The firefly’s sparkle is created through a process called bioluminescence, which is the production of light by a living organism. There are few bioluminescent species outside of the ocean, so fireflies are pretty special! Flashing fireflies have an organ near the tip of their abdomen called the “lantern” where chemical reactions cause the enzyme luciferase to activate the light-emitting compound luciferin, causing the lantern to glow. Firefly light is one of the most energy-efficient lighting techniques in the world, with almost 100% of the energy used to emit light, and nearly zero energy lost as heat. In comparison, the most energy-efficient fluorescent bulbs give off 90% light and 10% heat. Firefly bioluminescence has been re-created synthetically since the 1980s, and has been medically significant for decades for identifying everything from blood clots to bacterial contamination in food. Fireflies, however, use their light to communicate to potential predators and lovers. For predators, their flicker warns that they contain a terrible-tasting compound called “lucibufagin” (more like luci-barf-again – ha!). For lovers, the glimmer means the firefly is looking for love.

Snowberry Clearwing Moth

A bioluminescent firefly in the grass.

A firefly larva, or “grub”. Yes it glows!

Baby Fireflies

Fireflies lay their eggs in sheltered, moist places such as leaf litter, shallow tunnels, rotting logs, or moss. Some species’ eggs even glow! From the eggs hatch glowing larvae. They spend most of their lives (up to a few years) as larvae, living under or near the ground and hunting soft-bodied animals such as slugs, snails, earthworms, and grubs. Moisture is important for firefly survival – much of their prey requires moist soil. The larvae gorge themselves with soft-bodied victims, and are extremely beneficial in the garden, keeping food such as cabbages and strawberries safe from slugs and other pests. Firefly larvae survive winter if there is enough moisture and cover in the form of leaf layers, logs, mulch, rocks, or moss. Come spring and summer, the larvae pupate, and in a few weeks emerge as adult fireflies.

Adult Fireflies

Because most adult fireflies don’t eat, their chief concern is finding a mate and laying eggs. For flashing fireflies, males fly around and blink to communicate with females. Each species has a unique flashing pattern (see the flash chart image below). The time of night, the duration of each flash, the height of the flash, and the pattern or shape of the flash come together to communicate the species, their sex, location, and willingness to mate. For example, the big dipper firefly emits a flash pattern that dips, making the shape of the letter “j”. For most species, female fireflies don’t move much. Many can’t fly at all and instead find a perch, respond with their own signal, and let males come to them. Once a male finds a female, they mate and the male passes a “nuptial gift” in the form of extra protein and nutrients to the female. This is important because most adults don’t eat, and the extra nutrients allow the female to be a more successful egg layer and ensure a healthier next generation. Depending on the species, mating displays can last anywhere from 20 minutes to several hours. These displays are special and are one of the few kinds of insect communication that humans can see with the naked eye and distinguish which species is “speaking”!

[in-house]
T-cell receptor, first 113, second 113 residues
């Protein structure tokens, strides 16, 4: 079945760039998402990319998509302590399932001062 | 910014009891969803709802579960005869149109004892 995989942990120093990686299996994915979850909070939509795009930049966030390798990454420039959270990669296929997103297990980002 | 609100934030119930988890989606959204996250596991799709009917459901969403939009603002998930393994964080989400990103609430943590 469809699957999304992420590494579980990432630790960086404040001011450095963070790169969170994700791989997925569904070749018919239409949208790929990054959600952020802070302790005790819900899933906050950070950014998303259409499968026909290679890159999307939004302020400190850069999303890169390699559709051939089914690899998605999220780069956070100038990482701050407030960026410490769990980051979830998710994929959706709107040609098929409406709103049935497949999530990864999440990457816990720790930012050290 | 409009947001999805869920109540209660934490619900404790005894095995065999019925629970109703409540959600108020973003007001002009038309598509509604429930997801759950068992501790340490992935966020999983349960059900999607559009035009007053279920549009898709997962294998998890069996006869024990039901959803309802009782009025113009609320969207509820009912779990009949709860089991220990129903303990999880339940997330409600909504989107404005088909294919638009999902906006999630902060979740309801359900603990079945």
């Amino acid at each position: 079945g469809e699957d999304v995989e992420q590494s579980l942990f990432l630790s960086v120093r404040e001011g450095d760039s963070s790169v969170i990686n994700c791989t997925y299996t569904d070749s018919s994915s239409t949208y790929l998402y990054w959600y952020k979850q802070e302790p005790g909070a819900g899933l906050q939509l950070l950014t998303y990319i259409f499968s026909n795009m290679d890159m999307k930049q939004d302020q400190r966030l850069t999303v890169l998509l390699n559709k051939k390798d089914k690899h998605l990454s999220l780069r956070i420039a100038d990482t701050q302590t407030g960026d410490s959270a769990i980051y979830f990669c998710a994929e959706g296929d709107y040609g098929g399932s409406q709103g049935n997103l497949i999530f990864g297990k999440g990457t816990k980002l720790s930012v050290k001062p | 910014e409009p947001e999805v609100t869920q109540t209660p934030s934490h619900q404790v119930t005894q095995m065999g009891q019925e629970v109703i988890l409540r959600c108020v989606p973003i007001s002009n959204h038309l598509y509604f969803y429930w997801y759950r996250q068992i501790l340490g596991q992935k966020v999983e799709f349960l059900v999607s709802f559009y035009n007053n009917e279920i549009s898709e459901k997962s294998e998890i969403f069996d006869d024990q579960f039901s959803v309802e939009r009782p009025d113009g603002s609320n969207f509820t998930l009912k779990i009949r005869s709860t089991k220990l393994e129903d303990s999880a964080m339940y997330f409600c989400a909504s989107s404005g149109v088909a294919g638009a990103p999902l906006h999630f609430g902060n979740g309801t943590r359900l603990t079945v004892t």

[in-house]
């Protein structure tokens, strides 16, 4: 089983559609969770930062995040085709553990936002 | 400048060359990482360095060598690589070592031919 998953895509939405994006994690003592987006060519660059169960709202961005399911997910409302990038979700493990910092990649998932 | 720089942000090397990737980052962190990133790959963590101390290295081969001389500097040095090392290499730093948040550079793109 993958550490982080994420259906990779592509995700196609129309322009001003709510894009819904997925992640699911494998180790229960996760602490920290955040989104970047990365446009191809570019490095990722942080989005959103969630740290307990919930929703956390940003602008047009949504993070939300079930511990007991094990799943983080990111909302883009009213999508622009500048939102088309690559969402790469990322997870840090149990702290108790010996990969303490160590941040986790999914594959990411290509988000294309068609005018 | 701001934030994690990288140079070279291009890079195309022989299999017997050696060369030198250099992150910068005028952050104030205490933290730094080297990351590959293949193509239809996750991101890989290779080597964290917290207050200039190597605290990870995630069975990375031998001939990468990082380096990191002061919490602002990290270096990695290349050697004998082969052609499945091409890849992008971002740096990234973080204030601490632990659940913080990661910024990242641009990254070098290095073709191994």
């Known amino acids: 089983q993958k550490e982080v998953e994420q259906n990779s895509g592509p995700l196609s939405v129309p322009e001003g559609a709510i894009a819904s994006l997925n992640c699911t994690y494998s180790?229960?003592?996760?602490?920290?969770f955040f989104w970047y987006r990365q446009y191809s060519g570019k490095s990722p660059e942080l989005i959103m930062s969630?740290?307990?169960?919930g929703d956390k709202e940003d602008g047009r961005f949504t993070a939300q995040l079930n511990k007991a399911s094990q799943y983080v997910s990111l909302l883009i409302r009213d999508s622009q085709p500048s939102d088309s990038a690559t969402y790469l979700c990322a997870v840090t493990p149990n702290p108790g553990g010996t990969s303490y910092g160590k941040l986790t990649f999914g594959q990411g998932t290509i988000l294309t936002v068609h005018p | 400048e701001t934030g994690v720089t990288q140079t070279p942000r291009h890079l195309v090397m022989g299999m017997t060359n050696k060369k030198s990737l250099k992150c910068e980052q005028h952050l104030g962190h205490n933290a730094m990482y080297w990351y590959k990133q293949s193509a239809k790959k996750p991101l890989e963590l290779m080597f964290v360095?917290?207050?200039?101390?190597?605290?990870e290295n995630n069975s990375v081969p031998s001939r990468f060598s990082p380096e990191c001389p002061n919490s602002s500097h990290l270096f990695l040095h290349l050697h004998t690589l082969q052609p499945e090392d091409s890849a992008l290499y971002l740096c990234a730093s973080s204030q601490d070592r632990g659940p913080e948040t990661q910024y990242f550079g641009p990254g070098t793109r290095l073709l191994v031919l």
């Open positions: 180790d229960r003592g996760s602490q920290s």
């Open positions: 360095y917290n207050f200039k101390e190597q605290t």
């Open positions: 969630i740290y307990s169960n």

An adult firefly of the “flashing” firefly group. Note the white underside of the abdomen, where the lantern is located.

A flash chart for the different species of fireflies created by Mass Audubon, a nonprofit in Massachusetts that heads Firefly Watch, a community science program.

Femme Fatales

A big exception to normal flashing behavior is in a group of fireflies known as “femme fatales”. Females in the genus Photuris are deceptive and carnivorous. They purposely flash the signal of the female Photinus genus instead of their own. The male Photinus firefly approaches the carnivorous female, thinking it’s a friendly female of its own species. The Photuris female strikes and eats the male. Females eat males not out of spite, but to acquire the predator-repelling lucibufagin toxin that tastes bad. These femme fatales evolved to glow but did not evolve to create their own lucibufagin. Eating these male fireflies of a different species provides them with energy and the protective toxin.

Shine Little Glow-Worm (glimmer, glimmer!)

Less intense glow-worm fireflies are trying to find mates as well. The flightless, larvae-like females emit a continuous glow to attract flying males. Males have a weak glow, if any. They mate, and the male leaves unscathed. Lastly, the dark firefly group doesn’t glow much, if at all. As adults, these fireflies are active during the day so communicating with light is pointless. We all know how hard it is to see a flashlight or a phone screen on a bright day. So instead of flashing or glowing, dark fireflies communicate using chemical signals called pheromones.

See the graphic above from a Xerces Society brochure. Carnivorous fireflies are depicted on the left, larvae and glow-worms are along the bottom, and dark and flashing fireflies are on the right. Click the image to read more!

Habitat for Fireflies